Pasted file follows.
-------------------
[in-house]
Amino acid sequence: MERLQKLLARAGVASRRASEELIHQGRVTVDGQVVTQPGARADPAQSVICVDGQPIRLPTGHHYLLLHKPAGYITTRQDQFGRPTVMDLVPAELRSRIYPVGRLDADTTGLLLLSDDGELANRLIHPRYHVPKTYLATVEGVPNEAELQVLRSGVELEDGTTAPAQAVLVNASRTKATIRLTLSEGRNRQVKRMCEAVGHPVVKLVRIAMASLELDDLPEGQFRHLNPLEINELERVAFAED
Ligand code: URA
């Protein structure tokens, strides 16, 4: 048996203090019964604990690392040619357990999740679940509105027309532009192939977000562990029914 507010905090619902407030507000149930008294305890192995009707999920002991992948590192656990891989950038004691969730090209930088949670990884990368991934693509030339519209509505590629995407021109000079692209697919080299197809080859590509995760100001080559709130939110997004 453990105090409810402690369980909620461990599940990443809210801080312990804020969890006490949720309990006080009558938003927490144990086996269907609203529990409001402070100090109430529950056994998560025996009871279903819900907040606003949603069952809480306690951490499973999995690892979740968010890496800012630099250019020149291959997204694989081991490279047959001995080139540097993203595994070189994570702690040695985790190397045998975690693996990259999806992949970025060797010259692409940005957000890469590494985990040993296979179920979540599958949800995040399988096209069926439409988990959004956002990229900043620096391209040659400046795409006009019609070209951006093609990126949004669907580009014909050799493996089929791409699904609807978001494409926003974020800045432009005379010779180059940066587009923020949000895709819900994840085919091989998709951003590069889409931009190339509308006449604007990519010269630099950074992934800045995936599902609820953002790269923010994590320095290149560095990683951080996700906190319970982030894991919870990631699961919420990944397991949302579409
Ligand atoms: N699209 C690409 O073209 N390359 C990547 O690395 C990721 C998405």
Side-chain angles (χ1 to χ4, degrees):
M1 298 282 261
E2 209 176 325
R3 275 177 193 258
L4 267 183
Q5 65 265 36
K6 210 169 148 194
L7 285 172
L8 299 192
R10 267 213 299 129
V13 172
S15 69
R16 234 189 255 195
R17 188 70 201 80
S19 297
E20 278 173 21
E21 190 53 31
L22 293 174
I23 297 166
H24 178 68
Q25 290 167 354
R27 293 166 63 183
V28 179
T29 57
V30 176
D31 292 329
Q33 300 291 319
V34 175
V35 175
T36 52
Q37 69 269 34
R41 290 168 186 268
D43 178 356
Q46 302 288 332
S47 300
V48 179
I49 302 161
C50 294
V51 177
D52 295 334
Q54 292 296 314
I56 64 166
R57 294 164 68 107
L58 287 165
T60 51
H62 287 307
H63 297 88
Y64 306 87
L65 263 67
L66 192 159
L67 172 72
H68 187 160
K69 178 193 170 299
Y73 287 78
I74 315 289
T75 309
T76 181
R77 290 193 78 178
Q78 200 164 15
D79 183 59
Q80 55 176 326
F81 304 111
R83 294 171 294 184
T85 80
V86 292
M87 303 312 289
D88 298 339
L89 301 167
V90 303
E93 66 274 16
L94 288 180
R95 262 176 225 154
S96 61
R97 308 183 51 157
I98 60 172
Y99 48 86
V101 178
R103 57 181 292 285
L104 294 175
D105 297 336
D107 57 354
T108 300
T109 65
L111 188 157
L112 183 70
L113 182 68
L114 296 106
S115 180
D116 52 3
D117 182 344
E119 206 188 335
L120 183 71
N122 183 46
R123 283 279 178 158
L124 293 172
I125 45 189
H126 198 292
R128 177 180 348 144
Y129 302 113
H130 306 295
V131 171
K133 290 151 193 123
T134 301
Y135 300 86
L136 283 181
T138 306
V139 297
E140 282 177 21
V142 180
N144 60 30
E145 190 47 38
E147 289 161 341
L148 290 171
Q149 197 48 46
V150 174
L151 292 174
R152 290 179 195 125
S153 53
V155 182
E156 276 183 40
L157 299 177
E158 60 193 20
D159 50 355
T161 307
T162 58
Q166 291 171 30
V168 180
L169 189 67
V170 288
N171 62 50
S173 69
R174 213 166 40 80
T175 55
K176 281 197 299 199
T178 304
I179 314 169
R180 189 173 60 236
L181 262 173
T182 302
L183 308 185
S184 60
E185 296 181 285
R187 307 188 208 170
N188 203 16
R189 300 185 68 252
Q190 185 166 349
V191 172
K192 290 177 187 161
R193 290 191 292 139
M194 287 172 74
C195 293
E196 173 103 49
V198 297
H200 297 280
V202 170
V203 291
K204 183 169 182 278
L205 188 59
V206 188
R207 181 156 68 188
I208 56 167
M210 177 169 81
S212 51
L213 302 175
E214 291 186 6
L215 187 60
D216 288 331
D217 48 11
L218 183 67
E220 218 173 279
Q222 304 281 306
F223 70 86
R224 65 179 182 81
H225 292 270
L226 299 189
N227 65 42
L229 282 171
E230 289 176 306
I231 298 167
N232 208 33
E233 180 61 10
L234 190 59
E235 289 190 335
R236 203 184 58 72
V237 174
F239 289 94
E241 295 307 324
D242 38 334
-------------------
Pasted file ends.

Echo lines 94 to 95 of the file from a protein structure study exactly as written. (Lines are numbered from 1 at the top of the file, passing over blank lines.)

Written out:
D116 52 3
D117 182 344